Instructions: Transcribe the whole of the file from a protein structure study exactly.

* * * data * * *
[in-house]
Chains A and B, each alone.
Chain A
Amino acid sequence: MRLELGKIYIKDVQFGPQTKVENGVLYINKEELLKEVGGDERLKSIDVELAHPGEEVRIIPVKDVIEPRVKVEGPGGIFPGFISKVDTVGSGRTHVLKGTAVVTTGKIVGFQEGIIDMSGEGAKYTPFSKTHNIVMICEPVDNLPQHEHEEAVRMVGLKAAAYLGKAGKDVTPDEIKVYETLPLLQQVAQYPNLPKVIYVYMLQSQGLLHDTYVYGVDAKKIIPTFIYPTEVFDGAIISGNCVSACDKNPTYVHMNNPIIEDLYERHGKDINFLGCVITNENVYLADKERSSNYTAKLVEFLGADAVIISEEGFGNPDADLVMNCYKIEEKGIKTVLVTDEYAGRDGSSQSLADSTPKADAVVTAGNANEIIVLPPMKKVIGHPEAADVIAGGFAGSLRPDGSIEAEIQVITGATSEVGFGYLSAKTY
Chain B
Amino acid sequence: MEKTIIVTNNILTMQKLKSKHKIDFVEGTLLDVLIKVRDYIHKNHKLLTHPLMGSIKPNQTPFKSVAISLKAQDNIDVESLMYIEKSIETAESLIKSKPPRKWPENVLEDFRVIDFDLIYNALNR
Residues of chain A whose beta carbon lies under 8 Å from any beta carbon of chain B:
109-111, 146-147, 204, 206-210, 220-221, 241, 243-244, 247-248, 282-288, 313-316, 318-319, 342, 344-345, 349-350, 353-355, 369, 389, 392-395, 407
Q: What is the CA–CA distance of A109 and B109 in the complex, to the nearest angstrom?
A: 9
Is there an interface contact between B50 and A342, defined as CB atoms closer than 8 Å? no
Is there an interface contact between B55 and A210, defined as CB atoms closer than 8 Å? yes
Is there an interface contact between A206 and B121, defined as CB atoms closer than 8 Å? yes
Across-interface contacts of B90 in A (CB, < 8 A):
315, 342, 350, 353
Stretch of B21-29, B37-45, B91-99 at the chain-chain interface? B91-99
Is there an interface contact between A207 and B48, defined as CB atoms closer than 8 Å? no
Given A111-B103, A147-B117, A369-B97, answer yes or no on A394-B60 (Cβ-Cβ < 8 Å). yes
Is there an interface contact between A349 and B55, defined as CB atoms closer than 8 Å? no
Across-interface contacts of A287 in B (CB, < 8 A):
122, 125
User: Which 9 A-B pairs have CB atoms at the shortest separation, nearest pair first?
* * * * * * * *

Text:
[in-house]
Chains A and B, each alone.
Chain A
Amino acid sequence: MRLELGKIYIKDVQFGPQTKVENGVLYINKEELLKEVGGDERLKSIDVELAHPGEEVRIIPVKDVIEPRVKVEGPGGIFPGFISKVDTVGSGRTHVLKGTAVVTTGKIVGFQEGIIDMSGEGAKYTPFSKTHNIVMICEPVDNLPQHEHEEAVRMVGLKAAAYLGKAGKDVTPDEIKVYETLPLLQQVAQYPNLPKVIYVYMLQSQGLLHDTYVYGVDAKKIIPTFIYPTEVFDGAIISGNCVSACDKNPTYVHMNNPIIEDLYERHGKDINFLGCVITNENVYLADKERSSNYTAKLVEFLGADAVIISEEGFGNPDADLVMNCYKIEEKGIKTVLVTDEYAGRDGSSQSLADSTPKADAVVTAGNANEIIVLPPMKKVIGHPEAADVIAGGFAGSLRPDGSIEAEIQVITGATSEVGFGYLSAKTY
Chain B
Amino acid sequence: MEKTIIVTNNILTMQKLKSKHKIDFVEGTLLDVLIKVRDYIHKNHKLLTHPLMGSIKPNQTPFKSVAISLKAQDNIDVESLMYIEKSIETAESLIKSKPPRKWPENVLEDFRVIDFDLIYNALNR
Residues of chain A whose beta carbon lies under 8 Å from any beta carbon of chain B:
109-111, 146-147, 204, 206-210, 220-221, 241, 243-244, 247-248, 282-288, 313-316, 318-319, 342, 344-345, 349-350, 353-355, 369, 389, 392-395, 407
Q: What is the CA–CA distance of A109 and B109 in the complex, to the nearest angstrom?
A: 9
Is there an interface contact between B50 and A342, defined as CB atoms closer than 8 Å? no
Is there an interface contact between B55 and A210, defined as CB atoms closer than 8 Å? yes
Is there an interface contact between A206 and B121, defined as CB atoms closer than 8 Å? yes
Across-interface contacts of B90 in A (CB, < 8 A):
315, 342, 350, 353
Stretch of B21-29, B37-45, B91-99 at the chain-chain interface? B91-99
Is there an interface contact between A207 and B48, defined as CB atoms closer than 8 Å? no
Given A111-B103, A147-B117, A369-B97, answer yes or no on A394-B60 (Cβ-Cβ < 8 Å). yes
Is there an interface contact between A349 and B55, defined as CB atoms closer than 8 Å? no
Across-interface contacts of A287 in B (CB, < 8 A):
122, 125
User: Which 9 A-B pairs have CB atoms at the shortest separation, nearest pair first?